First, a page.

For a while I have coveted the cinnamon roll recipes of Smitten Kitchen and the Pioneer Woman. However, their recipes had a few too many steps not to mention unhealthy ingredients (i.e. tons of sugar).
I wanted to strip away all the unnecessary and let the apples shine. My goal was to find a delicious way to do this with as little ingredients as possible. And I think I found a way to do it!
Kim’s Apple Cinnamon Sticky Rolls
For The Dough: (an augmented version of my go-to single serving pizza dough)
1.5 cups whole wheat pastry flour
1/4 cup sugar
1 tsp. salt
1 tbsp. honey
1 tsp. yeast
1/2 cup lukewarm water
2 tsp. butter, Smart Balance, whatever (I use Smart Balance) – to be used later
Let the dough rest for as long as you can, up to an hour. Mine rested for 30 minutes or so, no biggie. I find this dough comes out perfect either way. It’s never dry, just uniform, warm, and, when you use the exact measurements, doesn’t need any special handling.
For The Apples:
3 apples, peeled, cored, chopped – I used two medium McIntosh and one small Honeycrisp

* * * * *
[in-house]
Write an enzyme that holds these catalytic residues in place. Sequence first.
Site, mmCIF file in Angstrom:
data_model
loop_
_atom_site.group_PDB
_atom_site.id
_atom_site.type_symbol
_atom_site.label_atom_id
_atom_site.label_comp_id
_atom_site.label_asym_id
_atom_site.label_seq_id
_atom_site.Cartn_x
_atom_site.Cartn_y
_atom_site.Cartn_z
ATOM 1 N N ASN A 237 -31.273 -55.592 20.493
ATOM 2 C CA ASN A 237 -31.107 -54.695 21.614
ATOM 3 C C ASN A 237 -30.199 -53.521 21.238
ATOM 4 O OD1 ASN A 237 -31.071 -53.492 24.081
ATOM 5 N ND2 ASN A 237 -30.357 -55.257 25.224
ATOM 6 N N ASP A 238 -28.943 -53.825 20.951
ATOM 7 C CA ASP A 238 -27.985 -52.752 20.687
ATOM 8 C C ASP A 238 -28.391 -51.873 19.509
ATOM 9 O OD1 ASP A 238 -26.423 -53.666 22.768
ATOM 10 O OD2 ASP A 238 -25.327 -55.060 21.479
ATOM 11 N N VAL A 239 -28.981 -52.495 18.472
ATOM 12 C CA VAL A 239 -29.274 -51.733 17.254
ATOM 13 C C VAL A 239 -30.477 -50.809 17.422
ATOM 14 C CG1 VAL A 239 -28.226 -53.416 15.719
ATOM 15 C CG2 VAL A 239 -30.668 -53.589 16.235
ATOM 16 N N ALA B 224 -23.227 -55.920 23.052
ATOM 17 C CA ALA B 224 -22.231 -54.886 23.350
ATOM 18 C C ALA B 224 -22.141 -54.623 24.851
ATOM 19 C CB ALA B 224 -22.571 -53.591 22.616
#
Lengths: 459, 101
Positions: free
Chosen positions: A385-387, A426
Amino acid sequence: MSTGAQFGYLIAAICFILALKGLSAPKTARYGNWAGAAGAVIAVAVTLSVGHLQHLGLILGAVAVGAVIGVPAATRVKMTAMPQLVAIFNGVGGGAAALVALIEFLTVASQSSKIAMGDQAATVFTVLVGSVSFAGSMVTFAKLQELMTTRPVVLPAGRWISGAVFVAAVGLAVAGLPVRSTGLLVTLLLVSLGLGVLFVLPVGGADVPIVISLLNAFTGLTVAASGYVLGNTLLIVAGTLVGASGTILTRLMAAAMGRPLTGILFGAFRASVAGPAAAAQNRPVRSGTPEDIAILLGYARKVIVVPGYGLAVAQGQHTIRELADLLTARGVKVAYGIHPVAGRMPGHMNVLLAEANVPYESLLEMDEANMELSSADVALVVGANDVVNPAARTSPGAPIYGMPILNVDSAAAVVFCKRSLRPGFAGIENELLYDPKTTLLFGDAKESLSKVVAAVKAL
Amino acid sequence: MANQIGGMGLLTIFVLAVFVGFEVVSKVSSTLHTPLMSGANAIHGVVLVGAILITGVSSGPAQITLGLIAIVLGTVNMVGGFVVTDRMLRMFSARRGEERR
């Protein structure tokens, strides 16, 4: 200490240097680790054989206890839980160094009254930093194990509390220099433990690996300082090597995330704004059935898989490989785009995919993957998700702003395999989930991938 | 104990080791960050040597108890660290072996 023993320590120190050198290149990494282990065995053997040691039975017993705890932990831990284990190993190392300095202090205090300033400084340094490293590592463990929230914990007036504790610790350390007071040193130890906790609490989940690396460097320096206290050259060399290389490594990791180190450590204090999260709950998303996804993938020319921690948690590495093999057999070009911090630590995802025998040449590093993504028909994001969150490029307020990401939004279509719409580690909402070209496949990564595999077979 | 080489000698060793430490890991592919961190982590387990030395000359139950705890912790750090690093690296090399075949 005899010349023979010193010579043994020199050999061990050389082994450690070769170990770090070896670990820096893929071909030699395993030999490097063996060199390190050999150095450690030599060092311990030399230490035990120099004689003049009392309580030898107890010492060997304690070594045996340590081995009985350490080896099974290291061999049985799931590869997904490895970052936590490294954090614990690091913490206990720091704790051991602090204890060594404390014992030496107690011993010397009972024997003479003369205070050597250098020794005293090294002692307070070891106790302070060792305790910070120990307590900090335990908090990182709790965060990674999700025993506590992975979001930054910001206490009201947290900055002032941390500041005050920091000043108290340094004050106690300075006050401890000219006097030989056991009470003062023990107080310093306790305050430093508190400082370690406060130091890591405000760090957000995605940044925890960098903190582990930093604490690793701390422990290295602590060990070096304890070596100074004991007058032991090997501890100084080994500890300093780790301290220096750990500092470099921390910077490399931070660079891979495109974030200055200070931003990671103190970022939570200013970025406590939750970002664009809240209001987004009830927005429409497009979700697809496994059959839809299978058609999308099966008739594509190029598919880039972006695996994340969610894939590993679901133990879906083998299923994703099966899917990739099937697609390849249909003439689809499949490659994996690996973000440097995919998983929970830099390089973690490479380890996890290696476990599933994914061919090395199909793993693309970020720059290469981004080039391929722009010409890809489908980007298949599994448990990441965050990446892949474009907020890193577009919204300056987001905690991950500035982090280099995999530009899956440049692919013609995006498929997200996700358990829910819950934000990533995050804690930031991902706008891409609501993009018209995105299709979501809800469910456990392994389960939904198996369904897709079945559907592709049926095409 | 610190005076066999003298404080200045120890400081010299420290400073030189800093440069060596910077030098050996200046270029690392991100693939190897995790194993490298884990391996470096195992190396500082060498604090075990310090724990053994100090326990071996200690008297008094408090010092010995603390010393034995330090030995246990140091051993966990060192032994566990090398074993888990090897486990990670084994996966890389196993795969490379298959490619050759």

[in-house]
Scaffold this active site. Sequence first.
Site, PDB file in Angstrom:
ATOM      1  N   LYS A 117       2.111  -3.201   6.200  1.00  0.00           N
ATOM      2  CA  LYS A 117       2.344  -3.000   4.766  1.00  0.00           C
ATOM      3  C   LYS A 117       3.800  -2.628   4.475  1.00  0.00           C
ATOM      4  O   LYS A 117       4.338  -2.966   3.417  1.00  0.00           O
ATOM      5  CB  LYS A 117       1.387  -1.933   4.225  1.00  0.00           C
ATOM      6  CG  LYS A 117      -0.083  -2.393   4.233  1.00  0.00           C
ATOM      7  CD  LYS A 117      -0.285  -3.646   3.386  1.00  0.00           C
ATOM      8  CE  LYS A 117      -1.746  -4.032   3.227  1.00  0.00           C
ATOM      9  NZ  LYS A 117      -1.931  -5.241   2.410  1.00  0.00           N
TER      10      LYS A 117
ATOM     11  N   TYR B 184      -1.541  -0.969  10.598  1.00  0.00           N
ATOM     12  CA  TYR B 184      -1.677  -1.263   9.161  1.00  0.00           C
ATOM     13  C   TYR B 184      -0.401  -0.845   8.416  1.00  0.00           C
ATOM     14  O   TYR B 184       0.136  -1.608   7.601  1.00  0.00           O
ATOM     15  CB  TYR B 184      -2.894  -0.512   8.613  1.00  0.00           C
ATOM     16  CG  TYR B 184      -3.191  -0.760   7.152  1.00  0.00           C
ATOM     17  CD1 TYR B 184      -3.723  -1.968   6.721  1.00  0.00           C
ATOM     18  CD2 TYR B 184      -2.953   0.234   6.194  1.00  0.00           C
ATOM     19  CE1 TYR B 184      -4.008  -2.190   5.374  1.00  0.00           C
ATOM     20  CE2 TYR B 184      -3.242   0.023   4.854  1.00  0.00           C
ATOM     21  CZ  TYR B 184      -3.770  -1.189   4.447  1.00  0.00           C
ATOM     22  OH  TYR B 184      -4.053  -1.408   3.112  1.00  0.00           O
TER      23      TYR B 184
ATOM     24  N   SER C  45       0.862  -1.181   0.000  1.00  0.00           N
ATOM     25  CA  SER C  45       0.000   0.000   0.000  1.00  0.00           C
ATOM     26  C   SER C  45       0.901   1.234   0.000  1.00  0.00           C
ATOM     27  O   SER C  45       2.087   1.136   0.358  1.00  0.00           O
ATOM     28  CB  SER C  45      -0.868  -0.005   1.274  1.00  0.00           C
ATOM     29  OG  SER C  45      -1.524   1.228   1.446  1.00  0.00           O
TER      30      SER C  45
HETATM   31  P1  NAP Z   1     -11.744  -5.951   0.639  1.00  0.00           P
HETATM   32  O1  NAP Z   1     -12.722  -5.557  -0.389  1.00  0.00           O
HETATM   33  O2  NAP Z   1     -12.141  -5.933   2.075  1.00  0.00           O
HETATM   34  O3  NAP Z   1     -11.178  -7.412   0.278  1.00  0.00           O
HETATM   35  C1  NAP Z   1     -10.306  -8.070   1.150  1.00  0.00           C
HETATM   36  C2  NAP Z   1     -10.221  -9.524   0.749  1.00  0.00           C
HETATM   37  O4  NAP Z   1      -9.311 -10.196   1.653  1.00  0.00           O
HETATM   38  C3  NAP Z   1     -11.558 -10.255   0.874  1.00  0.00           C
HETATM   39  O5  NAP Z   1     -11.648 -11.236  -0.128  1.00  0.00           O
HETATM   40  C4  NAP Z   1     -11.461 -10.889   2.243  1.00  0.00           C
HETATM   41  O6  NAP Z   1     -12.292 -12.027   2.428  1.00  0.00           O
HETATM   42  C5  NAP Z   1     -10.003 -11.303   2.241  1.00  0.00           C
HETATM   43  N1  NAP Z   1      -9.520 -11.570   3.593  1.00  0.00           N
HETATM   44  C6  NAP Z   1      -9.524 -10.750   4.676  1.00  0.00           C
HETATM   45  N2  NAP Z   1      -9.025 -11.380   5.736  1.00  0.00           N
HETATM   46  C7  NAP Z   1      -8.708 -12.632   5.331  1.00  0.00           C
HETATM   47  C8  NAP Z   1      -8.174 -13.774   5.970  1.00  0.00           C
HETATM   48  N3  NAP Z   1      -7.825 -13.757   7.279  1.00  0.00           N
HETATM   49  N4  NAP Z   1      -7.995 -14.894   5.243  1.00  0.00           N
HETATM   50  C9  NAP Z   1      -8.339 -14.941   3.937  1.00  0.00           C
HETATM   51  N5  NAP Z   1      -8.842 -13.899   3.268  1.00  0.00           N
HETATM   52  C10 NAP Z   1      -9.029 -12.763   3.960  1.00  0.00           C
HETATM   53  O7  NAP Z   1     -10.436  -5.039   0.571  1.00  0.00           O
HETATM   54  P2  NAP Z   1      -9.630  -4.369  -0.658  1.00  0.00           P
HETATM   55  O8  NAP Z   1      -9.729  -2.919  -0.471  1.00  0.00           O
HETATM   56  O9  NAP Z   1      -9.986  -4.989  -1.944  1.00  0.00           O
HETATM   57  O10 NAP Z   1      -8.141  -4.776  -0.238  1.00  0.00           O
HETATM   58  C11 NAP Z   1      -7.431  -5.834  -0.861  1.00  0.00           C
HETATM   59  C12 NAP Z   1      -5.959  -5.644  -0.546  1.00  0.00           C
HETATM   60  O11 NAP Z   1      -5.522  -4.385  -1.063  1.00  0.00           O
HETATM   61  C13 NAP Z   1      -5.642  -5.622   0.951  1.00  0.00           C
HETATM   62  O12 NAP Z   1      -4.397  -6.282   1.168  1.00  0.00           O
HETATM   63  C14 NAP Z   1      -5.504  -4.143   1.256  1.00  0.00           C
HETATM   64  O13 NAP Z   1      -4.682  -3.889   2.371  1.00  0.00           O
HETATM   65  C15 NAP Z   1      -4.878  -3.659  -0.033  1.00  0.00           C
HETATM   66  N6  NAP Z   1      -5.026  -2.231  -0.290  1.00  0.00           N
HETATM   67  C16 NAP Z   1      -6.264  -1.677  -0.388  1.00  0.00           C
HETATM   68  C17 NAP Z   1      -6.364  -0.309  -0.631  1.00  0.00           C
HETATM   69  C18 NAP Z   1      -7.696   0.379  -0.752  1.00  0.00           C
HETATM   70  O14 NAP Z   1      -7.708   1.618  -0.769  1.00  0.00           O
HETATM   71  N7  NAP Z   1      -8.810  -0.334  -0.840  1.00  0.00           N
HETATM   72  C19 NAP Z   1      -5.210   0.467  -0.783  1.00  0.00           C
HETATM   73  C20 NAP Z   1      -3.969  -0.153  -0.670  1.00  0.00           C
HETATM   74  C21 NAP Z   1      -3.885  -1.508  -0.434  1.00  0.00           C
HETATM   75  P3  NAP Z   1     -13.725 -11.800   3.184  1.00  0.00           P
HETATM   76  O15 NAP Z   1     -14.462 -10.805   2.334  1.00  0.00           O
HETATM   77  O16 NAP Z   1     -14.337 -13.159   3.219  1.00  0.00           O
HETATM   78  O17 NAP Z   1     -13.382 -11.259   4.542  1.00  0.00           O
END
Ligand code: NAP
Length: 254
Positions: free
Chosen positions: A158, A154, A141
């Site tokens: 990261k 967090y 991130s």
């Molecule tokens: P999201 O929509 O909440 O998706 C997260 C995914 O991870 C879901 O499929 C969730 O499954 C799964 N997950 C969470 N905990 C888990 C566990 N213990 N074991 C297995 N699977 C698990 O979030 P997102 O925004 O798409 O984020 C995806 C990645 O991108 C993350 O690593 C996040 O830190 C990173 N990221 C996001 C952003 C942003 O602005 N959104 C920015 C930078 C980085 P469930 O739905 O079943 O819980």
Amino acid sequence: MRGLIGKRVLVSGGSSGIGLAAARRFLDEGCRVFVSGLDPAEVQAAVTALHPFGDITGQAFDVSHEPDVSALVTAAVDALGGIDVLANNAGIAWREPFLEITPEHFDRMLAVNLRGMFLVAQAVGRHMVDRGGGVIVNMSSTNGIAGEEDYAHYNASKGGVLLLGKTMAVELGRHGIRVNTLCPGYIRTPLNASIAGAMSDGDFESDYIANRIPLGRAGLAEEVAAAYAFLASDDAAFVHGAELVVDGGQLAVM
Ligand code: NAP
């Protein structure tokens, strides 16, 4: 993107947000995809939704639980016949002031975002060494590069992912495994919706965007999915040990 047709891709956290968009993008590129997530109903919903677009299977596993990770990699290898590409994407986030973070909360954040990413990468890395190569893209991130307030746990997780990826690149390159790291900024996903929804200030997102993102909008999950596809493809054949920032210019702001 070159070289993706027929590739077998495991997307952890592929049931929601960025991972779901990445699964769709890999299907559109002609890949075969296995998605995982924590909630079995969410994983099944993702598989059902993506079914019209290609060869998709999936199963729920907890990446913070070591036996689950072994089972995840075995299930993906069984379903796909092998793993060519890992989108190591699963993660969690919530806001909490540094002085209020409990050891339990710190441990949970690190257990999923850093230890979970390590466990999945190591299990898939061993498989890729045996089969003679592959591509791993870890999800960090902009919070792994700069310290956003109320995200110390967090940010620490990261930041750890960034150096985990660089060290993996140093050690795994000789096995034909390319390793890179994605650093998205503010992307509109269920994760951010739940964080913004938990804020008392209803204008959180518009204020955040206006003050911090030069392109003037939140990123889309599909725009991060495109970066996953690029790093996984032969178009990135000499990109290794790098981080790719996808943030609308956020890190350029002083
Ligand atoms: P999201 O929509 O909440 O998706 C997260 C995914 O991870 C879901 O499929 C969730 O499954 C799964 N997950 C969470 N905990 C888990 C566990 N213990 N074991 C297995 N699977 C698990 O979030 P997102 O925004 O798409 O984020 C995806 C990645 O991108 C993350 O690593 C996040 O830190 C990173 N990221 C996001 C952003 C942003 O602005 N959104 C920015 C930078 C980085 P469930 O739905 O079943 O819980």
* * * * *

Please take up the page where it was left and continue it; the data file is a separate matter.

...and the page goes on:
1.5 tsp. cinnamon
2 tbsp. honey
A quickie method for coring an apple: peel your apple then cut into quarters, lay one quarter on its side, cut in to the core on an angle and, voila!, core gone.
Apple prep. I cut mine into small squares, I prefer a fine chop.
Toss with the cinnamon:
Drizzle with the honey:
Roll out dough, spread on the butter (or in my case Smart Balance), and then put on the apples. Leave some room at the end of the dough for the apple overflow to go to when you roll it up.
Cut rolled up dough into sections. Mine yielded 4 big rolls. Top with excess apples. Bake at 350 degrees for about 40 minutes.
I'm a lady who enjoys photography, football, cooking, long drives with the windows down, This American Life, kettlecorn, hot yoga, pop punk, my nephews, my cat Reggie, and my home: Boston.
View all posts by Domestocrat
Hi Kim, This recipie looks awesome too. Very naive question- where do you find yeast? In the spice aisle?
You can find the little packets in the refrigerated area actually, near the butter. You should always keep it refrigerated. If you find some on the shelf at the store, it’s probably dead so don’t buy it!
I get mine in bulk actually from the harvest Co-op market and online through the King Arthur Flour catalog.